Why does it have to happen?

3_4_1-Mindy_colorFor most of Mindy’s 19 years of life, she was a “normal kid” who swam on the school swim team and looked forward to trips to the zoo with her mother. The youngest of four sisters, Mindy enjoyed art and French class, and her classmates at the high school she attended. Drugs and alcohol had never been a problem. “I didn’t drink, smoke pot or anything,” she says. But Mindy’s boyfriend was another story.

“My boyfriend was into heroin,” she says. Though she was tempted to try it, she never did. And then in 2009, he jabbed her with a heroin-filled syringe as she walked by. Mindy was shocked – at first – then grew to need the drug.

It wasn’t long before Mindy became addicted. “I’d use once every couple of weeks,” she says. “But then it progressed…and I was doing it every day.”

She was also stealing money from her parents to buy drugs. The combination of lying, stealing and addiction led to a breakdown. “I was going through counseling and I told my therapist about all the lying and using behind my parents back,” she says. Mindy told her parents about her drug use and tried hard to quit. But she couldn’t.

By March 2009, Mindy had returned to a daily habit, and along with an acquaintance, brought drugs and needles with her for a three-day senior retreat. But school staff discovered their plans, and called Mindy’s parents to come and pick her up. Just two months shy of graduating, Mindy was expelled from high school.

She was given a job at her father’s business to keep her busy while her parents looked for ways to help their daughter. They found Hope Academy, the recovery high school at Fairbanks. By then Mindy had quit using again, and felt good about enrolling at Hope.

“I immediately clicked with the staff,” she says. “But the expectations were different than what I was used to. They weren’t just focused on your grades. They were focused on your sobriety, too.”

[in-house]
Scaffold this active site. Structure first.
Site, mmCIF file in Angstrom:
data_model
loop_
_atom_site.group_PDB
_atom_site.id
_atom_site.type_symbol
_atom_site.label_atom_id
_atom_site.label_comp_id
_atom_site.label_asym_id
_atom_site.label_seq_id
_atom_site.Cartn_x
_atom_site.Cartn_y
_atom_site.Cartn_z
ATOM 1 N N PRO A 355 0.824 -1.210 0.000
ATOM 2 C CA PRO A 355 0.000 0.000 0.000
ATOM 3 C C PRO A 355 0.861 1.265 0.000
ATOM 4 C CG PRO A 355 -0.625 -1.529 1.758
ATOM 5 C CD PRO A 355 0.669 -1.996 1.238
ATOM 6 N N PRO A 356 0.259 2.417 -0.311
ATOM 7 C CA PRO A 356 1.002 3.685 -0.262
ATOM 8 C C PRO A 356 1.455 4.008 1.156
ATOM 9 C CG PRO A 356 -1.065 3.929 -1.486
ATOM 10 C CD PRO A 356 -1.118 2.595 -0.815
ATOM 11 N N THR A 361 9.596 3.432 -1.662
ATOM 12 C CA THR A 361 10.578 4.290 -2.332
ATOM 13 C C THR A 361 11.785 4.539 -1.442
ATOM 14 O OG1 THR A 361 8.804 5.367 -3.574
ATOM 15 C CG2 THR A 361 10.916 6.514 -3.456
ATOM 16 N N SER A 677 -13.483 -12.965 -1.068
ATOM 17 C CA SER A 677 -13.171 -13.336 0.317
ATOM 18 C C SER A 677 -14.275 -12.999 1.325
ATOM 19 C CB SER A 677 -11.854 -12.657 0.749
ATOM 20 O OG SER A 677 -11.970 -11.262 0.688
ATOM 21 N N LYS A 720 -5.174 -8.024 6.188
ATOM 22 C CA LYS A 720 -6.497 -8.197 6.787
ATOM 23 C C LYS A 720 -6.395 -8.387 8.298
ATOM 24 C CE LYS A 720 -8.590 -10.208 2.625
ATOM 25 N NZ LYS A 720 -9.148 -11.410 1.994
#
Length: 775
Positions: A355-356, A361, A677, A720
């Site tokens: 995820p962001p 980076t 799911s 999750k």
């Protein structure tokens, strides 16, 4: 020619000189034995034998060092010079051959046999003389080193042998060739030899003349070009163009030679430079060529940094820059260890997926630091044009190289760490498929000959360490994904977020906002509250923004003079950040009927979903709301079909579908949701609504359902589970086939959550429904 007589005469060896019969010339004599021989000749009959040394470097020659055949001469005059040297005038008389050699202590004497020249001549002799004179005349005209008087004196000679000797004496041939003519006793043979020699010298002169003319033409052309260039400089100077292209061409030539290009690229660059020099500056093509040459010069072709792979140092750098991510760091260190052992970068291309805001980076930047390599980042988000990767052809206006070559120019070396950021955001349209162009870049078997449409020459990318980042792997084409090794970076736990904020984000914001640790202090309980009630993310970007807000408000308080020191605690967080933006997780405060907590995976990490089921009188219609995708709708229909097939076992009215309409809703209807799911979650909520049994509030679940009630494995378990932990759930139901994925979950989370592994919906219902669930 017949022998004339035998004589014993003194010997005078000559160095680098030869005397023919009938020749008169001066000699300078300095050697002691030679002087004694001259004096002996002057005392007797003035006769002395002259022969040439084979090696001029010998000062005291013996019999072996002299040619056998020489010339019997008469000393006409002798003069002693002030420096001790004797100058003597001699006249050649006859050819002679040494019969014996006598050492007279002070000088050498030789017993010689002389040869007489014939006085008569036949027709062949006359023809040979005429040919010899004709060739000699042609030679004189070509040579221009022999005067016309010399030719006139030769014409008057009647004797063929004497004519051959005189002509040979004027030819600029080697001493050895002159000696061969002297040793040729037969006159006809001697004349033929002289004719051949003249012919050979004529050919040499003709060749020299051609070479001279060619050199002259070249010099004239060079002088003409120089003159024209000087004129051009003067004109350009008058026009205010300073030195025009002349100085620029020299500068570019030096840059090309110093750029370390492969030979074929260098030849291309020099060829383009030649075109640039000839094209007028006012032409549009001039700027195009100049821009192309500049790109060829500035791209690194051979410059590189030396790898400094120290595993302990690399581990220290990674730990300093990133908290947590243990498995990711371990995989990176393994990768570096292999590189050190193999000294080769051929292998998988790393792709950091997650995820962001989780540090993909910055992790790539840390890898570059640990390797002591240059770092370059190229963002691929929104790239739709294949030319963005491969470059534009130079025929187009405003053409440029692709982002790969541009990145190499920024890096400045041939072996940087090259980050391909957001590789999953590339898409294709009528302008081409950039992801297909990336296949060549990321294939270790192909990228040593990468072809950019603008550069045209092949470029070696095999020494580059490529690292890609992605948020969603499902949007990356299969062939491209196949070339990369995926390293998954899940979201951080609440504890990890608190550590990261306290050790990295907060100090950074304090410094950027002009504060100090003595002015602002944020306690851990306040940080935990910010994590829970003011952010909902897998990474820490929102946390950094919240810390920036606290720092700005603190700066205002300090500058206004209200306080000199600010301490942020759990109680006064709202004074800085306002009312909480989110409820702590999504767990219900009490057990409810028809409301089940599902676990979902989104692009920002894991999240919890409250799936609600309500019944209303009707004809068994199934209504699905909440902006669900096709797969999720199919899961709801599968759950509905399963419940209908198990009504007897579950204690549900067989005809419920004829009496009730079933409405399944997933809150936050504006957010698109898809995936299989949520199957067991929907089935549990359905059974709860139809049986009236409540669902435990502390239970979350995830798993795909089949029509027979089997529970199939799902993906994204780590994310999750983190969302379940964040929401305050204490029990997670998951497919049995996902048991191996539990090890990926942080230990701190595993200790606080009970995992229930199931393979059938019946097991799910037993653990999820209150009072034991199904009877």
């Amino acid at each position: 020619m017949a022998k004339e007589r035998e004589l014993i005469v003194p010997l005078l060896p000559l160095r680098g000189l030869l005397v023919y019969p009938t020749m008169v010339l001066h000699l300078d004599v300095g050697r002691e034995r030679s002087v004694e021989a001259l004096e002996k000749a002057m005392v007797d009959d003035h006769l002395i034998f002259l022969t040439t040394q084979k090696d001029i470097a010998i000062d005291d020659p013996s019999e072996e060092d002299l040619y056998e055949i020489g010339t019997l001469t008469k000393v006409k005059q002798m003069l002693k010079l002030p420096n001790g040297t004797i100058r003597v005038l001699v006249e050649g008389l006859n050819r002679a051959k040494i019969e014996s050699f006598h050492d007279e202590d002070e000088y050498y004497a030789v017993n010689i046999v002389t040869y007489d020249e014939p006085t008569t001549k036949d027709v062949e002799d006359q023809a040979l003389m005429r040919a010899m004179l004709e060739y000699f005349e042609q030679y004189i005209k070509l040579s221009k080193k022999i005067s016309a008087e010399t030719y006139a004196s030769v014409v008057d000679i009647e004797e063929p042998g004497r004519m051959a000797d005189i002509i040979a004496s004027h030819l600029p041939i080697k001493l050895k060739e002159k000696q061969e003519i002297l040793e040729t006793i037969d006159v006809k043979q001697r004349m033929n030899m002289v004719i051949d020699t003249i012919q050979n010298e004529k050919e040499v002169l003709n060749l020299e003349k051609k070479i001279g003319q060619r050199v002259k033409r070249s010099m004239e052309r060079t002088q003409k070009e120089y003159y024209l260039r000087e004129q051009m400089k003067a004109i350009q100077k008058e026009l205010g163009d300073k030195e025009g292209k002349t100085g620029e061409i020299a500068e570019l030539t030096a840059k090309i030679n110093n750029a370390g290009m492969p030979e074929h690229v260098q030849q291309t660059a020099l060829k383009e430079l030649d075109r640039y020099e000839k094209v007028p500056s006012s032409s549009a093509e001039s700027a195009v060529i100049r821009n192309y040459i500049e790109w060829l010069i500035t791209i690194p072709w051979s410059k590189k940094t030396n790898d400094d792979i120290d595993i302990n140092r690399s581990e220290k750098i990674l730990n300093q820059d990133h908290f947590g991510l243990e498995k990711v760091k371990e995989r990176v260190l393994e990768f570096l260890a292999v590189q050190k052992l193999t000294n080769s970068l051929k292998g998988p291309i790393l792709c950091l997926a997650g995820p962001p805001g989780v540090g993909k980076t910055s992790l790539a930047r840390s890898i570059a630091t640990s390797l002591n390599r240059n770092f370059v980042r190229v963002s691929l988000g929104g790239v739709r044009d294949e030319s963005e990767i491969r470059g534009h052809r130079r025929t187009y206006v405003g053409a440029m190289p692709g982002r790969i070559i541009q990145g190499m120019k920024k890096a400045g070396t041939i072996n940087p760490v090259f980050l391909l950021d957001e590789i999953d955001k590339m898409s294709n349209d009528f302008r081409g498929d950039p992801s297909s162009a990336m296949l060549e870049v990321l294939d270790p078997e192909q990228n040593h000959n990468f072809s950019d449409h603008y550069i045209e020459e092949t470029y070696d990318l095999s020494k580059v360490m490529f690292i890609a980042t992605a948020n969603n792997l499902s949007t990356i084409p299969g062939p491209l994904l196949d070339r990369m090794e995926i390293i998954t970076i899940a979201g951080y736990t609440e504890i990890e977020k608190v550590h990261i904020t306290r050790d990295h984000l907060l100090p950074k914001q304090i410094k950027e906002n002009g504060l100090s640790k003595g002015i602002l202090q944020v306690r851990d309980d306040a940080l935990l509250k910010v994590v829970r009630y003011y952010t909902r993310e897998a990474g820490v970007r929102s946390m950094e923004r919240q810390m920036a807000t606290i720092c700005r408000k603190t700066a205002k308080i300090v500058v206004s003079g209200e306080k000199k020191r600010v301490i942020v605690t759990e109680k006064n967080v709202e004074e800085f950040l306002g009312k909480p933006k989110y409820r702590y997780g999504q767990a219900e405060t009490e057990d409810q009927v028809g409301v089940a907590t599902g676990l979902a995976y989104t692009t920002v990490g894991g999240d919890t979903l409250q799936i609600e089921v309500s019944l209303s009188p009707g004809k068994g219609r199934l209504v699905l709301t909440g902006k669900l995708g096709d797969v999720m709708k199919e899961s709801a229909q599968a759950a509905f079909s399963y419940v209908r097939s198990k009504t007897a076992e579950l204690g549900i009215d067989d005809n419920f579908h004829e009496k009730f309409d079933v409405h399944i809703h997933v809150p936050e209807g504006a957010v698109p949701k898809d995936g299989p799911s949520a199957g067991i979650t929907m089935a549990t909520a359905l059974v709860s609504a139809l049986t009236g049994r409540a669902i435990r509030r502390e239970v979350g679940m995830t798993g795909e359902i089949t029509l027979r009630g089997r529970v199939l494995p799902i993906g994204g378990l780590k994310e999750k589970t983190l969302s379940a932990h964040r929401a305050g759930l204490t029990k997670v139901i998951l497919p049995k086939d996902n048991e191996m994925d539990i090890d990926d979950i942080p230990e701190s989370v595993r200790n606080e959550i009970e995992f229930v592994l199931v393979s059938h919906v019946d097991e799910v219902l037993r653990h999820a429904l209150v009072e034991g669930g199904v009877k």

Still, Mindy continued to struggle with her addiction. “I relapsed during the school year,” she says. “Then the staff at Hope convinced me to take a tour of Fairbanks treatment center.” Mindy stayed in the adolescent unit at Fairbanks for the next six weeks.

Throughout her time at Fairbanks and Hope Academy, Mindy experienced several relapses, the worst coming over the Christmas holiday. “Normally when I relapsed I would use once or twice,” Mindy says. This time she used every day for the entire break.

Yet instead of hiding her relapse, Mindy told Hope staff about it. “I knew that was what I was supposed to do,” she says. “For once, it started to work out because I had done the right thing. And from that point on it became easier and easier for me to maintain my sobriety.”

Mindy has been sober since January 1st. She credits her success in part to Hope staff and to lessons she received while she was at the school. “Dr. Z really helped me work through a lot of issues,” she says, referring to Hope Academy staff member, Dr. Sig Zielke. “I finally had someone to talk to who wasn’t a therapist or my parents.”
One of the most important lessons was making a commitment to honesty – with herself, and with others. “I learned I had to be honest with myself,” Mindy says. “I had been lying to myself.”

Mindy graduated from Hope Academy on May 28th, 2010, and has enrolled at IVY Tech Community College. After she finishes at IVY Tech she wants to earn a degree in mortuary sciences, but is taking life one day at a time. “I live by that,” she says with a smile.